Monday, August 26, 2013

Incoherent impotence

That's the only phrase I can think of to describe the current drive toward launching cruise missiles into Syria:
Royal Navy vessels are being readied to take part in a possible series of cruise missile strikes, alongside the United States, as military commanders finalise a list of potential targets.
Government sources said talks between the Prime Minister and international leaders, including Barack Obama, would continue, but that any military action that was agreed could begin within the next week.
As the preparations gathered pace, William Hague, the Foreign Secretary, warned that the world could not stand by and allow the Assad regime to use chemical weapons against the Syrian people “with impunity."
Britain, the US and their allies must show Mr Assad that to perpetrate such an atrocity “is to cross a line and that the world will respond when that line is crossed," he said. 

Should these leaders actually carry through, it will be instructive to observe the reaction of their respective publics.  For the U.S. in particular, there are some inconvenient data points and questions worth raising:

1) Under what authority can the Administration just start lobbing cruise missiles at a nation that has neither attacked us or shown any imminent likelihood of doing so?  (Indeed, by arming various rebel factions in Syria, including some of a decidedly al Qada-like bent, it's pretty clear we're already the aggressors in this scenario.)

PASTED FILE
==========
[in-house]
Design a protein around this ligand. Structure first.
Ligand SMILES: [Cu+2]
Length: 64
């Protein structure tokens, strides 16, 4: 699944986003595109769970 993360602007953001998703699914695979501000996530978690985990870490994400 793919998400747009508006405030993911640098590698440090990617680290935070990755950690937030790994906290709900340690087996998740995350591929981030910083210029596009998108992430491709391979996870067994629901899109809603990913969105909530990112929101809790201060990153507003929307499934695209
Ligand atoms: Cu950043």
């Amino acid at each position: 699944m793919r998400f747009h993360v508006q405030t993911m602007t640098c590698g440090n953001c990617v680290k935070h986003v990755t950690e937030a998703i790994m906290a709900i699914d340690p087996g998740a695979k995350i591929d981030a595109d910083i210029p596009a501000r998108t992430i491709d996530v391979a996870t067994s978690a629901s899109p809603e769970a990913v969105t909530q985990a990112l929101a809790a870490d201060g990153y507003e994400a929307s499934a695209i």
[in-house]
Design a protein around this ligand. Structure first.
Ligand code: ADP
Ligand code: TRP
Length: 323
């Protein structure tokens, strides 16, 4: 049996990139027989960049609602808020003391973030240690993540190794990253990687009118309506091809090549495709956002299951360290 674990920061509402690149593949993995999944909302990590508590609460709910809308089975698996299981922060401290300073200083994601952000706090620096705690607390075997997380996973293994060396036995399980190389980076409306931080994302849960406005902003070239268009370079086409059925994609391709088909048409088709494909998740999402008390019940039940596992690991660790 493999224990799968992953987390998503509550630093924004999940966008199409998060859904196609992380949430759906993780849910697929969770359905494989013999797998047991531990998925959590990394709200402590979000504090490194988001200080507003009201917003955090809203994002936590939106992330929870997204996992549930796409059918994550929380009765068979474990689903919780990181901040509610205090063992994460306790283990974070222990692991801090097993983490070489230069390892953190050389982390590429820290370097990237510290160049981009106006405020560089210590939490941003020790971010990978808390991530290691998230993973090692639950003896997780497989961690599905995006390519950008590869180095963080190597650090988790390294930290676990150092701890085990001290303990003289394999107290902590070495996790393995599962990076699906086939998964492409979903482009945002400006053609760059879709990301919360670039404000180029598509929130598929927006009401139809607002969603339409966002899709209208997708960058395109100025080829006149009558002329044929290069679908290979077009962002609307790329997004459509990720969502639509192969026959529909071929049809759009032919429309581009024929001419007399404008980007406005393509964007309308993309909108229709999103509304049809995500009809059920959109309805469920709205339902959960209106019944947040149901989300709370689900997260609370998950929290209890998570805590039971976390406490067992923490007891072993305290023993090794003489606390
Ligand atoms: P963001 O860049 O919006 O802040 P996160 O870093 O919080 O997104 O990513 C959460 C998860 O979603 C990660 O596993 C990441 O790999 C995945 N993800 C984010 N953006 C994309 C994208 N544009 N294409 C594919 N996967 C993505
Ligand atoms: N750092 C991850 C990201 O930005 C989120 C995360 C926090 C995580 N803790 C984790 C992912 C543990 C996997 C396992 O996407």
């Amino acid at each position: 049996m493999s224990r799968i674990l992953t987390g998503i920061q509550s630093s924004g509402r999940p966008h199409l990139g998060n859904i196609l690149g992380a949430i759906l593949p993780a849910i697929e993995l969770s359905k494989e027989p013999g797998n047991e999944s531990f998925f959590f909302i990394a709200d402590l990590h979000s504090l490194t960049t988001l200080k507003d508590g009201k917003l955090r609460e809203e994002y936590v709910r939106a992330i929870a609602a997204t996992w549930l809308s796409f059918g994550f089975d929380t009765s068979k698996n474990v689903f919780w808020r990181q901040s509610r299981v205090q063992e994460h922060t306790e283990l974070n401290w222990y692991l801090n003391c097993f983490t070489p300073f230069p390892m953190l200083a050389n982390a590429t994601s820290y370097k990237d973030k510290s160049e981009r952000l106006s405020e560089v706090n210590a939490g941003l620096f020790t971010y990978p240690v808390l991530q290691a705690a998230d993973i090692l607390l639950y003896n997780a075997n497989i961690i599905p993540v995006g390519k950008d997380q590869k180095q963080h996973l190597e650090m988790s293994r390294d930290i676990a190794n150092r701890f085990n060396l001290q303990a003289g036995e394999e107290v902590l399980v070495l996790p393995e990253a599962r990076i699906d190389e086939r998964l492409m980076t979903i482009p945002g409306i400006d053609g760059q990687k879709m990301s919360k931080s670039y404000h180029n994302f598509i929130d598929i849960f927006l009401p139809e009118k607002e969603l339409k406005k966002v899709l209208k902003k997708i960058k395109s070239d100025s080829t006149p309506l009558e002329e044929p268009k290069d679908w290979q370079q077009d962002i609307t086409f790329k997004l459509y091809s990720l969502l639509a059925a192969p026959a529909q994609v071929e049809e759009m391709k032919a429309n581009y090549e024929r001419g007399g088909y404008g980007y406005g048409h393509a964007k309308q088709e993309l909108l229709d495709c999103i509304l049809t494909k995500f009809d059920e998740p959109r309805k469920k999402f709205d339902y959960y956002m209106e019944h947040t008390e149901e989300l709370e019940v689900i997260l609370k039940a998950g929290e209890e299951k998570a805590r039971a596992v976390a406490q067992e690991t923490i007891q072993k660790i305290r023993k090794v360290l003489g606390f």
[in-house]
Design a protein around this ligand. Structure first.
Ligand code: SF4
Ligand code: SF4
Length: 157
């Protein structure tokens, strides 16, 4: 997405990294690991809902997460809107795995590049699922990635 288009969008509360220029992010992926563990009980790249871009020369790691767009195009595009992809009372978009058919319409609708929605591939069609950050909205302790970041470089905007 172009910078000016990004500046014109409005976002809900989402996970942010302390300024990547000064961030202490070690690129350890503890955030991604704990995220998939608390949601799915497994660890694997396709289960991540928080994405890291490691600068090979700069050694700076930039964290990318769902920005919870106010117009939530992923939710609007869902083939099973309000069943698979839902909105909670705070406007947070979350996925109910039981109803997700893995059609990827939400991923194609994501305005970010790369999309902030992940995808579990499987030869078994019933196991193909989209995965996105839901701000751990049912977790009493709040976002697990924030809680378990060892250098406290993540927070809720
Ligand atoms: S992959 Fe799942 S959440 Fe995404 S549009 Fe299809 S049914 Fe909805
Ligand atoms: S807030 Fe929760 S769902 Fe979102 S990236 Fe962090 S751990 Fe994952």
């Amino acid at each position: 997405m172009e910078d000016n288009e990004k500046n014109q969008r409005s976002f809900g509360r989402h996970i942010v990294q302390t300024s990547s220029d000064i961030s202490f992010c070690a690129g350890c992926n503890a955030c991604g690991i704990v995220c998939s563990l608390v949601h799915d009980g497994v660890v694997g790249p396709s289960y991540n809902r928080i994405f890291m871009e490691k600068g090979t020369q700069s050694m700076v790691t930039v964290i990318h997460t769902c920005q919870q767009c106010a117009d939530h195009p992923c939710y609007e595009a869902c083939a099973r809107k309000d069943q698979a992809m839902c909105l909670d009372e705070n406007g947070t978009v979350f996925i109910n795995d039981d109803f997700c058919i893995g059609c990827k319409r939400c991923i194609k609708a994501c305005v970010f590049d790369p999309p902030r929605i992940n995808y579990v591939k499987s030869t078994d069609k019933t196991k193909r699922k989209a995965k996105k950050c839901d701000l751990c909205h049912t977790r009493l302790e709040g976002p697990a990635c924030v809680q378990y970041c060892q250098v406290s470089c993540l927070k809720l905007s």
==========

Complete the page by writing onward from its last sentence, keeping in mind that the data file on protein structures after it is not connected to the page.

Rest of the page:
2) We took no such action against Saddam Hussein when he gassed the Kurdish minority in Iraq back in 1988.  Provided we even have proof it was Assad's forces using chemicals in Syria, and not the rebels, why would we react differently this time?

3) To make another comparison, why is it necessary for the U.S. to become militarily involved in a civil war when chemical weapons kill a few hundred civilians, when we did nothing to stop the slaughter of 800,000 Tutsis by the Hutus in Rwanda nearly 20 years ago?   It seems our leaders are highly selective when they choose to invoke our moral outrage.  Which leads to the question:

4) What, exactly, do our leaders intend to accomplish by tossing expensive cruise missiles into Syria?  Does the American public expect them to explain themselves?  Can they even do so coherently?

After a dozen years of non-stop military adventures overseas, it's clear there is little to no return on investment.  Iraq is still a basket case.  Afghanistan remains... well, Afghanistan.  We toppled Gadaffi in Libya, only to have a U.S. ambassador and his traveling party killed in the chaos that followed.  Daunted somewhat by the public's increasing resistance to putting "boots on the ground" in even more hot spots, the District of Corruption seems reduced to more symbolic (and robotic) expressions of ire, like drones and very expensive self-guided missiles

There is no discernible strategic vision in any of this... hence the 'incoherence' part.  And given the diminishing ability to effect real change anywhere, it appears the impotent label is all too apropos. 

As more serious challengers come to that realization, the world will only continue to get more... interesting...

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